Americans rarely talk about climate change with family and friends.
Tragically, research shows that this climate silence reinforces the dangerously wrong belief that climate change isn’t an existential threat requiring urgent action.
But a major new study led by Yale researchers finds that just discussing the issue with friends and family leads them to learn more facts about the climate crisis, which in turn leads to greater understanding and concern about the issue.
The study, titled “Discussing global warming leads to greater acceptance of climate science” was published this week in the journal Proceedings of the National Academy of Sciences (PNAS).
Climatologist Michael Mann said that this study “casts doubt on claims in some quarters that the climate change issue has become too ideologically-driven for facts to matter.”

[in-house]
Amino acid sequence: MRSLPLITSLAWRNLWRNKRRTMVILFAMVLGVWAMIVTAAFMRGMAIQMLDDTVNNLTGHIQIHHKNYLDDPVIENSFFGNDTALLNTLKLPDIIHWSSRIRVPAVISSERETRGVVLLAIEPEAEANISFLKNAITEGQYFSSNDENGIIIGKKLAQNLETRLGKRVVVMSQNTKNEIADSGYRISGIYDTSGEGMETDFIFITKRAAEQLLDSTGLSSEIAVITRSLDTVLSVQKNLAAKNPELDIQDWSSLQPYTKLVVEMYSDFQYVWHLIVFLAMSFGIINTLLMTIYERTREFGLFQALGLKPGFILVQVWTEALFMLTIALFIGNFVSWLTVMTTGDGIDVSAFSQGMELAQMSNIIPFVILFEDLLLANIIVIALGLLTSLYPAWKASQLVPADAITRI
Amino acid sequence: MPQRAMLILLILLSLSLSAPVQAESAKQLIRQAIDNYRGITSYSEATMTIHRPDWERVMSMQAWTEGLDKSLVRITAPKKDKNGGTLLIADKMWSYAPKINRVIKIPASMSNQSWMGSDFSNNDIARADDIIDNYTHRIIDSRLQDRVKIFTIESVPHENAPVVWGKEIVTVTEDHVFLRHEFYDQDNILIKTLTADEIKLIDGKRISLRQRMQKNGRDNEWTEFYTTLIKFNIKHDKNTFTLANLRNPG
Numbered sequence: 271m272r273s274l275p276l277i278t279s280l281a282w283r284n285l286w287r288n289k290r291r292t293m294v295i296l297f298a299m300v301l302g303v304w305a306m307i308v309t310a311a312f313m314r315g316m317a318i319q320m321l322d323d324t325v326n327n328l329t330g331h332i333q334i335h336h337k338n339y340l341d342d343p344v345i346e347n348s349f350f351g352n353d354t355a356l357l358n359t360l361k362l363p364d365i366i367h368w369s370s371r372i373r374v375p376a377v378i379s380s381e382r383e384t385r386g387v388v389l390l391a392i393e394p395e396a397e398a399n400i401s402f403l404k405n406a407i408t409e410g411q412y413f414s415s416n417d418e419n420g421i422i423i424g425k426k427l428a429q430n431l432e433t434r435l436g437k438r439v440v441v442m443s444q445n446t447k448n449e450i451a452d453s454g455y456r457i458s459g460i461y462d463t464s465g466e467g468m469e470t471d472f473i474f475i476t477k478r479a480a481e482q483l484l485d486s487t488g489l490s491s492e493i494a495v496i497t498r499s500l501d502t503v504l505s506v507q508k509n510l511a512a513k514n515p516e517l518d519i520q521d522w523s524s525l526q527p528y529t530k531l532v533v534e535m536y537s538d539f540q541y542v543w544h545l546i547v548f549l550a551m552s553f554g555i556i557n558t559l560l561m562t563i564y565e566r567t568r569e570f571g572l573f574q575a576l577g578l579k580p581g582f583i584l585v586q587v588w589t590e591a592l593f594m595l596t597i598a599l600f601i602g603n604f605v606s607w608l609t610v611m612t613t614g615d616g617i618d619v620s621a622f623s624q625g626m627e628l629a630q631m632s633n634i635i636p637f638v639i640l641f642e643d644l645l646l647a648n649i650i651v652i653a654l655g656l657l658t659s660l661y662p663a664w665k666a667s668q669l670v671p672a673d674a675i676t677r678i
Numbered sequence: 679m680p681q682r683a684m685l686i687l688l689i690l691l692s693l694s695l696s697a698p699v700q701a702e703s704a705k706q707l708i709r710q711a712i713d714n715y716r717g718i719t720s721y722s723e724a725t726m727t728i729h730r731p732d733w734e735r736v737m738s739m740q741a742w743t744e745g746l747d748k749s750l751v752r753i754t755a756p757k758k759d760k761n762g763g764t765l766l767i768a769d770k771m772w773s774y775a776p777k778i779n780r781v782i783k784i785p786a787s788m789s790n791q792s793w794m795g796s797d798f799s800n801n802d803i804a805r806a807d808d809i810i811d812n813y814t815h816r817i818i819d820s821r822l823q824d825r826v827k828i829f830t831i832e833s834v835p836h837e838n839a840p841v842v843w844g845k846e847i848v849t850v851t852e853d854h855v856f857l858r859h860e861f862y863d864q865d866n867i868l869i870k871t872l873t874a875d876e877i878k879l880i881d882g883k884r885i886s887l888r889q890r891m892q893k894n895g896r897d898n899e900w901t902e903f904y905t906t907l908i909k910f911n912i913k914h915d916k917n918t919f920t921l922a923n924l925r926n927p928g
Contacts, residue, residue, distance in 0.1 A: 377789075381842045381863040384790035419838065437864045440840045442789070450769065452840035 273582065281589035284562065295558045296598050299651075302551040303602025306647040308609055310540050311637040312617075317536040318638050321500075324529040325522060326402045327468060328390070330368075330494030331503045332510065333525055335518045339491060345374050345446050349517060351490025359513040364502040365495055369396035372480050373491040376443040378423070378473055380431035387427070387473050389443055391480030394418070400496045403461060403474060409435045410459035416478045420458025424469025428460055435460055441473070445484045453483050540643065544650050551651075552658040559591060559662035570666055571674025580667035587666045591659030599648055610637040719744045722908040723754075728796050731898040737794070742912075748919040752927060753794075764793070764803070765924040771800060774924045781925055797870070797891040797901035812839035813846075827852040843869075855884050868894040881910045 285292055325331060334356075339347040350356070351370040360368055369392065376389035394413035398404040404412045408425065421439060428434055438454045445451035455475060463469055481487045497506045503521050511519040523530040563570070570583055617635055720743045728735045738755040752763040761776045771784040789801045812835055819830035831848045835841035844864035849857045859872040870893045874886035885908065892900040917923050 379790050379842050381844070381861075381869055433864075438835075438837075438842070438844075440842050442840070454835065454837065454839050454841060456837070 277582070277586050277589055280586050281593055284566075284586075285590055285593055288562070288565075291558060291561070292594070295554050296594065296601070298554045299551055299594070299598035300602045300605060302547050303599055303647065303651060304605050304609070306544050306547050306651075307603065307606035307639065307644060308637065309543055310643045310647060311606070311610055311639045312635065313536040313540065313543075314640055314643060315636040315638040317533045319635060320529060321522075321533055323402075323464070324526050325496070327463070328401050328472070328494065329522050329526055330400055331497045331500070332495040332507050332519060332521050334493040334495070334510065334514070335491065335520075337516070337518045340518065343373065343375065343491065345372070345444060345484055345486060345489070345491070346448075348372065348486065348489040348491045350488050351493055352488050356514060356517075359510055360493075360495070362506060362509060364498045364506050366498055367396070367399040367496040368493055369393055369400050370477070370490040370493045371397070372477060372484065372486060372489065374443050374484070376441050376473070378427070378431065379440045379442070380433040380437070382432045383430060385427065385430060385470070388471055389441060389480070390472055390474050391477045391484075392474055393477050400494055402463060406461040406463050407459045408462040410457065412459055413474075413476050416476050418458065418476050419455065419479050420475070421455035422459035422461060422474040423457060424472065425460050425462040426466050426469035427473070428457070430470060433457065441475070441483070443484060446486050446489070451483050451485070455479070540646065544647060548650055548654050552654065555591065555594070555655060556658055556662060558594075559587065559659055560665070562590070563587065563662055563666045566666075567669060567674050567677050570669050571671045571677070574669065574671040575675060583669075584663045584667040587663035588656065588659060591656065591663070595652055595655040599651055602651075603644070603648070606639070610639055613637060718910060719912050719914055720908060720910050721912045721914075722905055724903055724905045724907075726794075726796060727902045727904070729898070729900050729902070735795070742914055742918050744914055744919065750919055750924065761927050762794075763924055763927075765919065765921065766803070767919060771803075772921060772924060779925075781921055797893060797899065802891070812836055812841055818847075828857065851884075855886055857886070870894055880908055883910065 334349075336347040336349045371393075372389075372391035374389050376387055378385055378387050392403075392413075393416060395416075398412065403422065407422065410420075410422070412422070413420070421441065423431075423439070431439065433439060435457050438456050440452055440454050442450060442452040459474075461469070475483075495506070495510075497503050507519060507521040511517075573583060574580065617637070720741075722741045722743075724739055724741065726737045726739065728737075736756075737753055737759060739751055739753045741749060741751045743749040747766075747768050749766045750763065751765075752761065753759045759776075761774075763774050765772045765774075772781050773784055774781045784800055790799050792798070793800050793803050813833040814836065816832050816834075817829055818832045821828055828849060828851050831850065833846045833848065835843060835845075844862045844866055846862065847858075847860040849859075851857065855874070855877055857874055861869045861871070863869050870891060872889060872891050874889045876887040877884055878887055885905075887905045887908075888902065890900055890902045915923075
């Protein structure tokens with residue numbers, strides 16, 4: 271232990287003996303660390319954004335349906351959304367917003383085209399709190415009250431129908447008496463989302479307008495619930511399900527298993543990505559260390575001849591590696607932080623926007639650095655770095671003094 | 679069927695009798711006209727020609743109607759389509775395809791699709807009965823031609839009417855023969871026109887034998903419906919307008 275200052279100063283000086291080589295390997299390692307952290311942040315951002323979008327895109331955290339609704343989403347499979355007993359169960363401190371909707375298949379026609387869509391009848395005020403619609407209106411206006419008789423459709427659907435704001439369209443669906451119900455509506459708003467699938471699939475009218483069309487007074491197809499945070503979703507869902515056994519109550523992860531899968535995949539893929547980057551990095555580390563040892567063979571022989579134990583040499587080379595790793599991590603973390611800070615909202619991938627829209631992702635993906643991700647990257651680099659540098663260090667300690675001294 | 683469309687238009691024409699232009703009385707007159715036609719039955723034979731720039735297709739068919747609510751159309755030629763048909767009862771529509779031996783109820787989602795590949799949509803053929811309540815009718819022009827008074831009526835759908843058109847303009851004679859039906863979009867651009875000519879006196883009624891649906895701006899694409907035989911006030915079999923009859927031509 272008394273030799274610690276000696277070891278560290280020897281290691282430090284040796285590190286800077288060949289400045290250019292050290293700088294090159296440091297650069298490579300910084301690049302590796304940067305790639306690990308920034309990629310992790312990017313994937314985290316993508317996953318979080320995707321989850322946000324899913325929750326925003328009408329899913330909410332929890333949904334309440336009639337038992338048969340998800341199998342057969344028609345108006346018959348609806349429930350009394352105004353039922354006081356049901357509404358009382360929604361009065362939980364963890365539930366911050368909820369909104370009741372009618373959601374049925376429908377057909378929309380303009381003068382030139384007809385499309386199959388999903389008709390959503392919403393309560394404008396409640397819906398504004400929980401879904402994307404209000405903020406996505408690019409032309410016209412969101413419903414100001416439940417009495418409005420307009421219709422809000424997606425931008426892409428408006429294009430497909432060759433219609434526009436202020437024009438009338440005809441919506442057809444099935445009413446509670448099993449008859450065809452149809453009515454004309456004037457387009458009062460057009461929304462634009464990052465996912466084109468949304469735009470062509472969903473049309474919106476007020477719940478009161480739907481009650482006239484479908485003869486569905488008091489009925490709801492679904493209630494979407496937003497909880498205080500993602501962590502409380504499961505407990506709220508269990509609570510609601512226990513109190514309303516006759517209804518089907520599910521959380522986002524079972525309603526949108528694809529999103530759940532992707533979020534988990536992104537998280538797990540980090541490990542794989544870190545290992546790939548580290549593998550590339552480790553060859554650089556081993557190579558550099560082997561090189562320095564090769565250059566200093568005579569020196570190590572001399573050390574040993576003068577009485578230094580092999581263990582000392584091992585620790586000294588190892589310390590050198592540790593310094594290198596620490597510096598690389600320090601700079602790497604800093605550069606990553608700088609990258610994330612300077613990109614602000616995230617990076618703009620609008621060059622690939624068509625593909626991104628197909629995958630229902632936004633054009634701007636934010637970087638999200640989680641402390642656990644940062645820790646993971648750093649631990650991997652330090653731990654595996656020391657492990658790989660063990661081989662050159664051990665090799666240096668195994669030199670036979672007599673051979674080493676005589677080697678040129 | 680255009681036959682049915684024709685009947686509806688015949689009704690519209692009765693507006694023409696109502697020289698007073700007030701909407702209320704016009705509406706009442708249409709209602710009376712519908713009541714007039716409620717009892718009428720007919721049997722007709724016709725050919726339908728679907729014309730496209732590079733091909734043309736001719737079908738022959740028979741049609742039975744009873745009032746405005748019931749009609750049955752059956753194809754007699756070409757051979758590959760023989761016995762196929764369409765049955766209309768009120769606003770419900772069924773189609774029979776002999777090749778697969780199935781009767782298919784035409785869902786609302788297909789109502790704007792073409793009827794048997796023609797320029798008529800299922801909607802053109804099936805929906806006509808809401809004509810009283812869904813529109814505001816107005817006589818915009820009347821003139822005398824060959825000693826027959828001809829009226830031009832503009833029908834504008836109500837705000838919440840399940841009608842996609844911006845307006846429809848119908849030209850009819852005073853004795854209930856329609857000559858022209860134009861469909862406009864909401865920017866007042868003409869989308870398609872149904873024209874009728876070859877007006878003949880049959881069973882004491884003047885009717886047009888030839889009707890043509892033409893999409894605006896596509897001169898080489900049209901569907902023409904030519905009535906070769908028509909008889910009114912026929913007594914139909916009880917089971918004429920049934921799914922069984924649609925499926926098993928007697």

“[It] confirms what might seem common sense,” Mann wrote in an email to ThinkProgress. “The more people actually understand about the science of climate change, the more they are likely to accept the scientific consensus — that climate change is real, human-caused, and a threat to human civilization.” [Continue reading…]